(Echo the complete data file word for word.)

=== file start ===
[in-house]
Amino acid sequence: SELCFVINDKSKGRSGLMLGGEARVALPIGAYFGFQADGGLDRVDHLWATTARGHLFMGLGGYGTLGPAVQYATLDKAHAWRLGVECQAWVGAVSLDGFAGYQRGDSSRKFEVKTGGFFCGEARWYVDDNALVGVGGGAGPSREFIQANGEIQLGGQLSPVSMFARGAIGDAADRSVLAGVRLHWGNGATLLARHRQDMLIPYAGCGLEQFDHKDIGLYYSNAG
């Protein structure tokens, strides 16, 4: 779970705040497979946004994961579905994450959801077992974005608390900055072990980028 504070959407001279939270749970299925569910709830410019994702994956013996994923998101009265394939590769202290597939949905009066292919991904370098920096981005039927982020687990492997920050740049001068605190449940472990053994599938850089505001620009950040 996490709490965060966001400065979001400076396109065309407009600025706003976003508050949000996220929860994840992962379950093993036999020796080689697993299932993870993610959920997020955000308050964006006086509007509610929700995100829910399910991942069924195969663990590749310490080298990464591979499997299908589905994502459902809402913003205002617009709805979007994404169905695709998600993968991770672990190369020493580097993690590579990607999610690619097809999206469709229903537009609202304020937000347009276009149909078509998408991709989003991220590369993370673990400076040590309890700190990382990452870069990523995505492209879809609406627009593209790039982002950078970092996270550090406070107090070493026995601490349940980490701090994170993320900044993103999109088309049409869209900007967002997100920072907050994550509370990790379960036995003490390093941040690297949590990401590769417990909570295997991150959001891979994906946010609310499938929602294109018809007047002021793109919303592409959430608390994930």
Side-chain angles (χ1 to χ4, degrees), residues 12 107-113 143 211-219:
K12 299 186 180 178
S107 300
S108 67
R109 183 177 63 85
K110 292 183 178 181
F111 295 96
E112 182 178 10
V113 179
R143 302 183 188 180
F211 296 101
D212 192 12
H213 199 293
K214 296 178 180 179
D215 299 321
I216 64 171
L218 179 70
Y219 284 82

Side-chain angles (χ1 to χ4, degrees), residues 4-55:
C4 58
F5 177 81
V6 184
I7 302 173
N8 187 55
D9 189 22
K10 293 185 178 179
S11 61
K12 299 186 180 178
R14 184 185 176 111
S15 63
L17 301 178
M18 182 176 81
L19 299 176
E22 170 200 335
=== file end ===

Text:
[in-house]
Amino acid sequence: SELCFVINDKSKGRSGLMLGGEARVALPIGAYFGFQADGGLDRVDHLWATTARGHLFMGLGGYGTLGPAVQYATLDKAHAWRLGVECQAWVGAVSLDGFAGYQRGDSSRKFEVKTGGFFCGEARWYVDDNALVGVGGGAGPSREFIQANGEIQLGGQLSPVSMFARGAIGDAADRSVLAGVRLHWGNGATLLARHRQDMLIPYAGCGLEQFDHKDIGLYYSNAG
């Protein structure tokens, strides 16, 4: 779970705040497979946004994961579905994450959801077992974005608390900055072990980028 504070959407001279939270749970299925569910709830410019994702994956013996994923998101009265394939590769202290597939949905009066292919991904370098920096981005039927982020687990492997920050740049001068605190449940472990053994599938850089505001620009950040 996490709490965060966001400065979001400076396109065309407009600025706003976003508050949000996220929860994840992962379950093993036999020796080689697993299932993870993610959920997020955000308050964006006086509007509610929700995100829910399910991942069924195969663990590749310490080298990464591979499997299908589905994502459902809402913003205002617009709805979007994404169905695709998600993968991770672990190369020493580097993690590579990607999610690619097809999206469709229903537009609202304020937000347009276009149909078509998408991709989003991220590369993370673990400076040590309890700190990382990452870069990523995505492209879809609406627009593209790039982002950078970092996270550090406070107090070493026995601490349940980490701090994170993320900044993103999109088309049409869209900007967002997100920072907050994550509370990790379960036995003490390093941040690297949590990401590769417990909570295997991150959001891979994906946010609310499938929602294109018809007047002021793109919303592409959430608390994930």
Side-chain angles (χ1 to χ4, degrees), residues 12 107-113 143 211-219:
K12 299 186 180 178
S107 300
S108 67
R109 183 177 63 85
K110 292 183 178 181
F111 295 96
E112 182 178 10
V113 179
R143 302 183 188 180
F211 296 101
D212 192 12
H213 199 293
K214 296 178 180 179
D215 299 321
I216 64 171
L218 179 70
Y219 284 82

Side-chain angles (χ1 to χ4, degrees), residues 4-55:
C4 58
F5 177 81
V6 184
I7 302 173
N8 187 55
D9 189 22
K10 293 185 178 179
S11 61
K12 299 186 180 178
R14 184 185 176 111
S15 63
L17 301 178
M18 182 176 81
L19 299 176
E22 170 200 335